About 400 years ago, William Shakespeare wrote The Merry Wives of Windsor, a comedy about a fat, drunk jackass named Falstaff. About 20 years ago, a bluegrass band called the Red Clay Ramblers wrote Lone Star Love, a musical adaptation of The Merry Wives of Windsor. About four weeks ago, a pre-Broadway production of Lone Star Love, starring minor celebrity Randy Quaid as the fat jackass, opened at the 5th Avenue Theatre, which has become known for hosting pre-Broadway premieres like Hairspray and The Wedding Singer.

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Then, about a week ago, something went wrong. The New York producers canceled the Broadway run of Lone Star Love but wouldn't say why. Quaid abandoned the production a week early and let his understudy take over. There were rumors of fights and videos of the show defiantly posted on YouTube, against union and theater regulations. (Nobody's saying who shot the videos, but one of them begins in Quaid's dressing room.) Evi Quaid, Randy's wife/manager, was allegedly waging war with the NY producers over "creative control," which included interpretations of the Falstaff character and the size of his codpiece.

The rumor is that another actor who agreed to play Falstaff backed out at the last minute. In their desperation to sign a star, the producers wrote an unusual degree of creative control into Quaid's contract and the big man started getting ideas.

Evi told the New York Post: "Quite frankly, we did want to take the show in a more surreal direction... I don't understand why [the producers] would object to what we've done when audiences and critics are clearly responding to it."

Um, they've responded all right. They've agreed that it's "dull" (the P–I), "too much" (the Times), "insipid" (The Stranger), and "a lost cause" (the Weekly). So what gives, Evi? Why are the producers mad, the critics dismissive, and the cast and crew gossiping? Again from the Post: "Having a competent person on this show is very disturbing to them, I guess." She sounds like a peach.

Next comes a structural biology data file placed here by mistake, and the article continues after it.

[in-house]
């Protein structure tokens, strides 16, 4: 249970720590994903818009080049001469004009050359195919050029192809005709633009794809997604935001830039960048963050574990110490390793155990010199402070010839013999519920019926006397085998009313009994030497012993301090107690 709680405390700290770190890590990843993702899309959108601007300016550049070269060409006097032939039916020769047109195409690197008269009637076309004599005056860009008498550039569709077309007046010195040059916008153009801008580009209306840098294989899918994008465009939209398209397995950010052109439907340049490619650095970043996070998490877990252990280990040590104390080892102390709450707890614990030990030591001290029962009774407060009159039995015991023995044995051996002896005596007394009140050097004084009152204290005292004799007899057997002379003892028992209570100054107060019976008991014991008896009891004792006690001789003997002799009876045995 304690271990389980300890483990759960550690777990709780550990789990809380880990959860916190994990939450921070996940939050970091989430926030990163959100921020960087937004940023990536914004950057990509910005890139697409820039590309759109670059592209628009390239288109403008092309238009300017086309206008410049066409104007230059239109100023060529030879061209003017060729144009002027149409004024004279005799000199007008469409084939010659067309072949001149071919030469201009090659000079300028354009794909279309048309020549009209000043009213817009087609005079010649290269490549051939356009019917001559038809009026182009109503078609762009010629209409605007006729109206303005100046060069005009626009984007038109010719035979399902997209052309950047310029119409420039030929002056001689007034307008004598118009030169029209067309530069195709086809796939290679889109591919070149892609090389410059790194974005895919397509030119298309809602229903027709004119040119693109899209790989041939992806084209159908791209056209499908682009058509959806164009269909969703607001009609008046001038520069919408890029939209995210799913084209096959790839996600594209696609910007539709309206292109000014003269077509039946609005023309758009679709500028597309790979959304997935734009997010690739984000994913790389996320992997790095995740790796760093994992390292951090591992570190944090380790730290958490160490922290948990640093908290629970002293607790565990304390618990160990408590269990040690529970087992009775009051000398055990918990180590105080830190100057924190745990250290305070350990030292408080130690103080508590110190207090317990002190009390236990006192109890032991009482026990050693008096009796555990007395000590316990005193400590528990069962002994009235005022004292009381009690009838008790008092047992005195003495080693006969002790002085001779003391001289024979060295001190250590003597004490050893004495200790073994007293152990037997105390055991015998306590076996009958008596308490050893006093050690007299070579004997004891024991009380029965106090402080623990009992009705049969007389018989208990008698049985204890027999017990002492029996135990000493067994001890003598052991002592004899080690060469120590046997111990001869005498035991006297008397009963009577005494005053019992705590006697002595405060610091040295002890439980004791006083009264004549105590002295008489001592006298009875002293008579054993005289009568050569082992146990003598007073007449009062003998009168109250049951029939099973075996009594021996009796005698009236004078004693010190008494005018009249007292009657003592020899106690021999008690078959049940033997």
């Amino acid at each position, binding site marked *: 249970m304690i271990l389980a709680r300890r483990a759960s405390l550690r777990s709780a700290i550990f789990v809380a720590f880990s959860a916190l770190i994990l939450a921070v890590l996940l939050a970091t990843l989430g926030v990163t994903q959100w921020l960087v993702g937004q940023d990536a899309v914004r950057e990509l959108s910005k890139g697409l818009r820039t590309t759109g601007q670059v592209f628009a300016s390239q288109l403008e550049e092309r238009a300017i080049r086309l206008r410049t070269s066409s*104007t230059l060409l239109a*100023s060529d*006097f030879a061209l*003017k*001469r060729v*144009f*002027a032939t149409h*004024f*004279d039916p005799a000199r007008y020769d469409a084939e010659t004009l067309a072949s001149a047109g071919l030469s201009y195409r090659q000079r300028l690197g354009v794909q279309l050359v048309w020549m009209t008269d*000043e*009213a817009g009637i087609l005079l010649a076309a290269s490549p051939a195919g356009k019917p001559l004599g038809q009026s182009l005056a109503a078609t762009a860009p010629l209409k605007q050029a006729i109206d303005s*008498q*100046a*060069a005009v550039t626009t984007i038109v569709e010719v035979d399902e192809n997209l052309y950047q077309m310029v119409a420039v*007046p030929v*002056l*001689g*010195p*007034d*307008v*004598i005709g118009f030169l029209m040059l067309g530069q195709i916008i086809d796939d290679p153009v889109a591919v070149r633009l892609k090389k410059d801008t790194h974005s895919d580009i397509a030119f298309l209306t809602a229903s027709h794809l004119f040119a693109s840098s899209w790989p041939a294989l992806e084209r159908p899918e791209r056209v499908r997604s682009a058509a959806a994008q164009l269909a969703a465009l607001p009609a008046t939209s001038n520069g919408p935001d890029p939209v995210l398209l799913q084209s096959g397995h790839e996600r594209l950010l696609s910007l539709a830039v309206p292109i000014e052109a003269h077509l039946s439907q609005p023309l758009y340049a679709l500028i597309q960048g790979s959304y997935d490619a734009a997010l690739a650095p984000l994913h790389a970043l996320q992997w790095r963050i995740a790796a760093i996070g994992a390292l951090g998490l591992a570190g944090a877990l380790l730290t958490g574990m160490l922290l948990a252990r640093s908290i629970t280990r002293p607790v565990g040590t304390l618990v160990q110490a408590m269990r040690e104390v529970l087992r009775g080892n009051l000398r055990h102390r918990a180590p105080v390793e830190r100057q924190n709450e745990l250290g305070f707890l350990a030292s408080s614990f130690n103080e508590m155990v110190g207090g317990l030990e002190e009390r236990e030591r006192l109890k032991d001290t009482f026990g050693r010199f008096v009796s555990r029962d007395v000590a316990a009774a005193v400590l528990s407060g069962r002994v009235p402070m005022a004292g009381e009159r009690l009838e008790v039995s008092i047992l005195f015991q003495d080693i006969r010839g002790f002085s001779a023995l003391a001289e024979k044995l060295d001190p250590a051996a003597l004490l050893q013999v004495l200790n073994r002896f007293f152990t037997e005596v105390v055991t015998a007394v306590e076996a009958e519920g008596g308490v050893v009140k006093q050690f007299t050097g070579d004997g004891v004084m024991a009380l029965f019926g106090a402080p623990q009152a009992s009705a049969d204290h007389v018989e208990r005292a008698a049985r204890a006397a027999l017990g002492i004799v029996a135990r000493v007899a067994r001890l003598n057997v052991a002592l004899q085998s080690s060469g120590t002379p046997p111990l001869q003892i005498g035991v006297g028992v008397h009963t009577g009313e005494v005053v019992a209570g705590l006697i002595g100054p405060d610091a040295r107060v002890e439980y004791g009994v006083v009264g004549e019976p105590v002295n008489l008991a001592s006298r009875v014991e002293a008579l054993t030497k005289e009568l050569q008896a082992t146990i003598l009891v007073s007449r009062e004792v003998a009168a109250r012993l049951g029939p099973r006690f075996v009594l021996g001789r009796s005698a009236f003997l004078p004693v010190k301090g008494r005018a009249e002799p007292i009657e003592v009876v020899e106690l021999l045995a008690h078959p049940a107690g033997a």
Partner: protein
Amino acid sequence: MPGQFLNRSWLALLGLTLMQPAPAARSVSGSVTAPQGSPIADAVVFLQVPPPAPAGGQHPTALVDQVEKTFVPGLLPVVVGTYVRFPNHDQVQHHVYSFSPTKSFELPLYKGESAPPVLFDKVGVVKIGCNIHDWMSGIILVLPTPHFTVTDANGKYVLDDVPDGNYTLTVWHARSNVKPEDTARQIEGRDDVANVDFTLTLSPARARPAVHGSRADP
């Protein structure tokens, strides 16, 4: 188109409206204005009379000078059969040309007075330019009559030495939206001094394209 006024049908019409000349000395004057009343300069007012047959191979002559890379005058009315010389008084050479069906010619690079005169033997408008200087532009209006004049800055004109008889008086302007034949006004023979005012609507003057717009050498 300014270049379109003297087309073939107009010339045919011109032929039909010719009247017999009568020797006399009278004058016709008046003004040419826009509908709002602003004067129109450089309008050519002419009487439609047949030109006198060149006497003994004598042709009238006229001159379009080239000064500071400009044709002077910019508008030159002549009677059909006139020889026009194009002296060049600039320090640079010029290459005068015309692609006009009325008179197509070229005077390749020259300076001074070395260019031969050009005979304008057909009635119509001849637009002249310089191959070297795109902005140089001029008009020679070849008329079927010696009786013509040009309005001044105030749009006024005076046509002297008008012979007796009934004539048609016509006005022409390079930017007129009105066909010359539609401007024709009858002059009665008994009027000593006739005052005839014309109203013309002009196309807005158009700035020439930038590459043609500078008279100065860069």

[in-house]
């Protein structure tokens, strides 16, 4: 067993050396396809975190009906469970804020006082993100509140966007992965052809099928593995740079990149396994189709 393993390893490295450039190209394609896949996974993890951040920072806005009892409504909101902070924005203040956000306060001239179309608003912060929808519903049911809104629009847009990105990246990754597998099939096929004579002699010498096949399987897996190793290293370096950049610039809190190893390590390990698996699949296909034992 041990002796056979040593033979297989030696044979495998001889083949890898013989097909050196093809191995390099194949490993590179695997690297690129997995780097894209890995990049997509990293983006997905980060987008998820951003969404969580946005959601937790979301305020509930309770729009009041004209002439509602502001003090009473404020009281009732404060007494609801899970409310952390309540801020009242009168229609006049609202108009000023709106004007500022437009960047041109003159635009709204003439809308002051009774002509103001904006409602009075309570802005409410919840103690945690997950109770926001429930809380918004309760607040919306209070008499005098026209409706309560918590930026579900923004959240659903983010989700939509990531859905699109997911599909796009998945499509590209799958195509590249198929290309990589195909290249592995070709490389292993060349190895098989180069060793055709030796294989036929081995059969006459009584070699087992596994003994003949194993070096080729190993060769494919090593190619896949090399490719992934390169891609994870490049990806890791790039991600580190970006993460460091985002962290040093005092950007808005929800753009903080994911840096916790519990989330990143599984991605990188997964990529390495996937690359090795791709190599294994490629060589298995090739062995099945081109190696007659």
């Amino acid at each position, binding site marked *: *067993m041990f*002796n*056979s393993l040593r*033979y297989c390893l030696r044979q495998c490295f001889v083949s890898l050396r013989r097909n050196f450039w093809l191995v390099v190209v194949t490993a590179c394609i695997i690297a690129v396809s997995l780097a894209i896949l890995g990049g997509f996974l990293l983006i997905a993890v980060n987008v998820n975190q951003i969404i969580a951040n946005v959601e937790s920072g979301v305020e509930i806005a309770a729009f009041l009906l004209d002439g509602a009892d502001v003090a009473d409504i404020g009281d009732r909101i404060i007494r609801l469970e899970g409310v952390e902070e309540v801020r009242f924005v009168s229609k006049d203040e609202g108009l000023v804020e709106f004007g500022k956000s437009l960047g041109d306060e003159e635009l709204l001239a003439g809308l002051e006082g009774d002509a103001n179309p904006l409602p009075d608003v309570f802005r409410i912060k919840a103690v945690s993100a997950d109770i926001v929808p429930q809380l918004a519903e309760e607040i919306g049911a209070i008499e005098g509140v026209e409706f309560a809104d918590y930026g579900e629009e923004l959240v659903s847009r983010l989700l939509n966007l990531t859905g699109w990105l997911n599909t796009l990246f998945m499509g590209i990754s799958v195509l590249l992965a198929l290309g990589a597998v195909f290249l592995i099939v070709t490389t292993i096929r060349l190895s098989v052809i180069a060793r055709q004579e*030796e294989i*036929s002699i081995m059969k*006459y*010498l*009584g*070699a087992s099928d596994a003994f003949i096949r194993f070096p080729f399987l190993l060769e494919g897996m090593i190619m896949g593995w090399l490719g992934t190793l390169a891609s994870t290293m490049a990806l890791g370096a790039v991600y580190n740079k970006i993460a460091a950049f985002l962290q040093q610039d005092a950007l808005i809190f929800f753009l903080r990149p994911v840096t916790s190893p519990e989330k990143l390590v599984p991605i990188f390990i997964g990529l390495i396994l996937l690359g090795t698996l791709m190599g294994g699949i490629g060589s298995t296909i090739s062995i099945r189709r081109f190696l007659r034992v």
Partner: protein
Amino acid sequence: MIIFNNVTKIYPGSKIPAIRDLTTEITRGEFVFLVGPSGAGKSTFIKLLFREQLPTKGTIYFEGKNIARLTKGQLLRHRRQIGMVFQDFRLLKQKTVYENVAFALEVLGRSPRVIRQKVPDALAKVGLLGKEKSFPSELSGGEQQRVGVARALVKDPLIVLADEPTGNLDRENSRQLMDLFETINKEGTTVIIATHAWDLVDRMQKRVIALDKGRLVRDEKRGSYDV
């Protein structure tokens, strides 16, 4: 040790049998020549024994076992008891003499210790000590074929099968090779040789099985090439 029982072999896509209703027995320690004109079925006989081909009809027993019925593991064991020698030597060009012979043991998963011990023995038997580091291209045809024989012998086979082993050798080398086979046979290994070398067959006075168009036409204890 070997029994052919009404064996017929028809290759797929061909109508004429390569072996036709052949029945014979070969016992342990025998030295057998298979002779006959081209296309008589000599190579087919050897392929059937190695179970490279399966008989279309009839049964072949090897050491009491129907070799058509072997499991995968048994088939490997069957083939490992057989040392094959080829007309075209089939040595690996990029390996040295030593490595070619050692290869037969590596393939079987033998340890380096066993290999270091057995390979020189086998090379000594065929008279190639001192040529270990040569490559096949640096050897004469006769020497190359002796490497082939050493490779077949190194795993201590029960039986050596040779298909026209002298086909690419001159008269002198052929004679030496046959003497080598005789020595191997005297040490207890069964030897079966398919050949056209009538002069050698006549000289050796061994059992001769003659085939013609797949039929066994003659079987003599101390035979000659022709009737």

Evi and Randy Quaid are apparently all lawyered up and there's talk of legal action in several directions. It sounds of a piece—Quaid once tried to sue Brokeback Mountain for $10 million, saying he was tricked into taking a lower paycheck than he deserved.

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Audience members at the closing performance report that 5th Avenue artistic director David Armstrong gave a ballsy curtain speech to the effect: Usually in the preshow process we learn about changes that need to be made to the script, score, and staging. This time we learned that we needed a different star. The next day, a Slog commentor wrote: "I work in the Skinner Building and I sometimes see David Armstrong bopping in and out. This morning he seemed just a little more jaunty than usual." recommended

brendan@thestranger.com